Legally Blonde is what I like to think of as a Chicken Soup movie. It’s something you watch when you’re sick at home, when you want something familiar and fun but isn’t that challenging, something you can drift in and out of with a simple story structure and likable characters. It soothes you, it heals you. It isn’t great, but it’s really, really good.
Why is Legally Blonde such a comforting movie? Well, it has to do with its very basic story structure, which is actually covered at length in Blake Snyder’s screenwriting book Save the Cat. Pretty much, and I’m paraphrasing here, Legally Blonde follows your typical “how to write a good screenplay notes to a T.” We have a central character who undergoes some sort of change (Elle), a desire that that character has and wants to accomplish but there are obstacles in her way (peers who don’t take her seriously, feelings for an ex, troubles with handling a case), a support group for Elle (Luke Wilson, her law peers, her manicurist) and a B story underneath the A story (The manicurist’s affection for the delivery guy.) None of this is overly complex, but it has such a strong story core that we end up clinging to it, even though nothing about it is overly remarkable. Legally Blonde is just like The Wedding Singer or Elf or even Back to the Future: their story structure is simple and engaging and it creates immense replay value, even though the story itself is nothing remarkable (save for Back to the Future.)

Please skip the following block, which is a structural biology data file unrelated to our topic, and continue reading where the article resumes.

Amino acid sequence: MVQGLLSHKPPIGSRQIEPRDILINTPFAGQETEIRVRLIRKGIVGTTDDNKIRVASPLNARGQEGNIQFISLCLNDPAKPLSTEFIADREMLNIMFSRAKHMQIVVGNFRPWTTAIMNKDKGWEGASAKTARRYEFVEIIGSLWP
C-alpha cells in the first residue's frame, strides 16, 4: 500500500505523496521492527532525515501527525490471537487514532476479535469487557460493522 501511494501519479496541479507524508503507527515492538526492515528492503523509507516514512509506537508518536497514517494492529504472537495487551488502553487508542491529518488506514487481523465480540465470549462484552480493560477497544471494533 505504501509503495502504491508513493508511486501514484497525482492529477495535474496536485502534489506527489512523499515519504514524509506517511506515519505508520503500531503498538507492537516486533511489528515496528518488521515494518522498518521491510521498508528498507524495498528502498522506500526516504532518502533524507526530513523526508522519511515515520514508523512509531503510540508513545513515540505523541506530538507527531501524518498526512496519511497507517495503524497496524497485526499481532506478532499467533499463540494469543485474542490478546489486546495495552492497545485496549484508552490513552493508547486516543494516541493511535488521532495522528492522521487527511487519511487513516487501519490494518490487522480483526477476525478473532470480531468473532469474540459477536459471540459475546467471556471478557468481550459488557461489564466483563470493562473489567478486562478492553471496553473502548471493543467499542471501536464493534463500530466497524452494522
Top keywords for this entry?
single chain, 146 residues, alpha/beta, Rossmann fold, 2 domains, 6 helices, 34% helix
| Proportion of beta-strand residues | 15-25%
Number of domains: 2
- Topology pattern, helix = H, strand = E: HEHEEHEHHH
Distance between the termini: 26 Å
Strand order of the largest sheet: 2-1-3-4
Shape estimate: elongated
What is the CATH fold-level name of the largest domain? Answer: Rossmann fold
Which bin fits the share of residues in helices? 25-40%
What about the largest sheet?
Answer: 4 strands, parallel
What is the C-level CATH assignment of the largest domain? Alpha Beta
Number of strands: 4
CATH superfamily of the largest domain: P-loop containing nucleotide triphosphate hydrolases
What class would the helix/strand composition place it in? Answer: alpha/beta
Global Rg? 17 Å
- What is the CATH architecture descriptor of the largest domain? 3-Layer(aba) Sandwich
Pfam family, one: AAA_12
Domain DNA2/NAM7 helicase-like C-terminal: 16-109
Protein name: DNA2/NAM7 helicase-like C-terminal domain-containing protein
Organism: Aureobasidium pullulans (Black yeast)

But one thing that is remarkable about Legally Blonde though is Reese Witherspoon, who bursts with charisma and kindliness, not afraid to be a goof but ultimately is everyone’s best friend at the end of the day. Elle Woods is literally a role only Reese could play, and the film is all the better for it.